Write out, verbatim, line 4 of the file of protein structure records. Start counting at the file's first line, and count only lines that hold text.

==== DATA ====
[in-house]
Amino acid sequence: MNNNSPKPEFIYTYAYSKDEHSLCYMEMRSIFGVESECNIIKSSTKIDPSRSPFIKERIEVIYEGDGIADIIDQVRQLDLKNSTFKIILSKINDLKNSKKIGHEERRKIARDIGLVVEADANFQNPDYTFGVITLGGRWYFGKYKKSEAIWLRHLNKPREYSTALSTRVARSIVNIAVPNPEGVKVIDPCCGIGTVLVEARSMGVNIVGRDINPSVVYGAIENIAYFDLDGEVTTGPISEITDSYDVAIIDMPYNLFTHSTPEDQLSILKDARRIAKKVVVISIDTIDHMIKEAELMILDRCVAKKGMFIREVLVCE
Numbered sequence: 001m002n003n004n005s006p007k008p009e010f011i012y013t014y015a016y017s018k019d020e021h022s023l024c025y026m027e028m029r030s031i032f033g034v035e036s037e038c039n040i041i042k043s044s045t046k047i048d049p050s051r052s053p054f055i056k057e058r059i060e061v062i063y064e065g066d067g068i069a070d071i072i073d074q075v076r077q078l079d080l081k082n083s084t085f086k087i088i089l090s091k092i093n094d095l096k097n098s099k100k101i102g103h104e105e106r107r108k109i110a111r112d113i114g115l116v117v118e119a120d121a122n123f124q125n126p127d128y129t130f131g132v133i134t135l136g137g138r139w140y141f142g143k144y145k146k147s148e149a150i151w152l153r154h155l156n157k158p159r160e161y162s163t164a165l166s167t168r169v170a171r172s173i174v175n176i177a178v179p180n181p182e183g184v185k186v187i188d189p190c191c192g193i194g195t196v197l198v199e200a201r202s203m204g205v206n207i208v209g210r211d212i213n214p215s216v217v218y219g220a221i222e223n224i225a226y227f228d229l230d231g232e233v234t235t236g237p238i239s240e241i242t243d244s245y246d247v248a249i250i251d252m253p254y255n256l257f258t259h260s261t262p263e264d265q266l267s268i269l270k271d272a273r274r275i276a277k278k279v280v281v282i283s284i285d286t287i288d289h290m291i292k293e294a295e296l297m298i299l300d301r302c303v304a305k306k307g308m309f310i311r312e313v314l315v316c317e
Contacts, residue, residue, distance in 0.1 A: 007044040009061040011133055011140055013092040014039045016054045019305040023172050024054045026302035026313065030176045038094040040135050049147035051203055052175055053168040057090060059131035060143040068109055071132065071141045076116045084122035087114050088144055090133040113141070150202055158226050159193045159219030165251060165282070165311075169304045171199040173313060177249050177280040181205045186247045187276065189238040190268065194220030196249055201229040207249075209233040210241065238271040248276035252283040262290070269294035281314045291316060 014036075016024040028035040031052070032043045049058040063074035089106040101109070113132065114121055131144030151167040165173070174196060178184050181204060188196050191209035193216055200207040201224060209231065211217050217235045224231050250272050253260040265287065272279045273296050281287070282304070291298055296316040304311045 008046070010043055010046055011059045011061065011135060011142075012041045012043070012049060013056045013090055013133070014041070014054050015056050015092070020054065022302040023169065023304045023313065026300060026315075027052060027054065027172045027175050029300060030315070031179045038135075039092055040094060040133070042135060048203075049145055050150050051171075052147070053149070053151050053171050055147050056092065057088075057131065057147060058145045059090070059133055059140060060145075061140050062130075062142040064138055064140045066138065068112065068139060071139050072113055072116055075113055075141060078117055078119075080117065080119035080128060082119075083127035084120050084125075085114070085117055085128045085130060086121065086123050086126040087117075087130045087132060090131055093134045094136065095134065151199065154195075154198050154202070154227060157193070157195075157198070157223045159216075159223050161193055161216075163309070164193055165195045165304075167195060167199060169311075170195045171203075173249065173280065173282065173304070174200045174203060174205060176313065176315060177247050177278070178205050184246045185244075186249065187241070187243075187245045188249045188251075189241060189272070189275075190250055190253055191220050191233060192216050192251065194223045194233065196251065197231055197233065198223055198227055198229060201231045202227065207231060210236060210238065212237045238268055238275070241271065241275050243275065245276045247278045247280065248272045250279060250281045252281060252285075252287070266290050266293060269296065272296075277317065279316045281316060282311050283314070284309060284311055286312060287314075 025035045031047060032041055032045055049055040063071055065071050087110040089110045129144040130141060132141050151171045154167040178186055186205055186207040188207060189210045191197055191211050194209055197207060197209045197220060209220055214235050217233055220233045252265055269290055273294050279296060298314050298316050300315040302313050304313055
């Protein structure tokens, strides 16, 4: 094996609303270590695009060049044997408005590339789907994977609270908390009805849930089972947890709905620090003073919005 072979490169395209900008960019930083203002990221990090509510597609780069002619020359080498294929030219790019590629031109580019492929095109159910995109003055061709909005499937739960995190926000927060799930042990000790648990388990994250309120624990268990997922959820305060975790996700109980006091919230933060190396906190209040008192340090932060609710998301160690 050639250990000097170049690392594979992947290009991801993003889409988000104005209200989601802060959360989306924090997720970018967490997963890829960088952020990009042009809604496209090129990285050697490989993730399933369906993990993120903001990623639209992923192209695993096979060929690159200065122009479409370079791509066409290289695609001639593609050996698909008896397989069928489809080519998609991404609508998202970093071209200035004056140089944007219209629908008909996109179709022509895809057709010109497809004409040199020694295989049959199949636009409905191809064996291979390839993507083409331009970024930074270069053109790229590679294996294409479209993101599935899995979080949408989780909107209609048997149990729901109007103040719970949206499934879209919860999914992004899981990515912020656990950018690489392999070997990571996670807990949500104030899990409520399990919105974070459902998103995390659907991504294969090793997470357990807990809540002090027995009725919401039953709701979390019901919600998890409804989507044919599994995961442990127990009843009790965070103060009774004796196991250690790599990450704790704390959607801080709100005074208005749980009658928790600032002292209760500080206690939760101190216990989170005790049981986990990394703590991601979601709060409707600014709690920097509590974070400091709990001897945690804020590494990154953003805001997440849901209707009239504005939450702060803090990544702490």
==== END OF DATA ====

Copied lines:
Contacts, residue, residue, distance in 0.1 A: 007044040009061040011133055011140055013092040014039045016054045019305040023172050024054045026302035026313065030176045038094040040135050049147035051203055052175055053168040057090060059131035060143040068109055071132065071141045076116045084122035087114050088144055090133040113141070150202055158226050159193045159219030165251060165282070165311075169304045171199040173313060177249050177280040181205045186247045187276065189238040190268065194220030196249055201229040207249075209233040210241065238271040248276035252283040262290070269294035281314045291316060 014036075016024040028035040031052070032043045049058040063074035089106040101109070113132065114121055131144030151167040165173070174196060178184050181204060188196050191209035193216055200207040201224060209231065211217050217235045224231050250272050253260040265287065272279045273296050281287070282304070291298055296316040304311045 008046070010043055010046055011059045011061065011135060011142075012041045012043070012049060013056045013090055013133070014041070014054050015056050015092070020054065022302040023169065023304045023313065026300060026315075027052060027054065027172045027175050029300060030315070031179045038135075039092055040094060040133070042135060048203075049145055050150050051171075052147070053149070053151050053171050055147050056092065057088075057131065057147060058145045059090070059133055059140060060145075061140050062130075062142040064138055064140045066138065068112065068139060071139050072113055072116055075113055075141060078117055078119075080117065080119035080128060082119075083127035084120050084125075085114070085117055085128045085130060086121065086123050086126040087117075087130045087132060090131055093134045094136065095134065151199065154195075154198050154202070154227060157193070157195075157198070157223045159216075159223050161193055161216075163309070164193055165195045165304075167195060167199060169311075170195045171203075173249065173280065173282065173304070174200045174203060174205060176313065176315060177247050177278070178205050184246045185244075186249065187241070187243075187245045188249045188251075189241060189272070189275075190250055190253055191220050191233060192216050192251065194223045194233065196251065197231055197233065198223055198227055198229060201231045202227065207231060210236060210238065212237045238268055238275070241271065241275050243275065245276045247278045247280065248272045250279060250281045252281060252285075252287070266290050266293060269296065272296075277317065279316045281316060282311050283314070284309060284311055286312060287314075 025035045031047060032041055032045055049055040063071055065071050087110040089110045129144040130141060132141050151171045154167040178186055186205055186207040188207060189210045191197055191211050194209055197207060197209045197220060209220055214235050217233055220233045252265055269290055273294050279296060298314050298316050300315040302313050304313055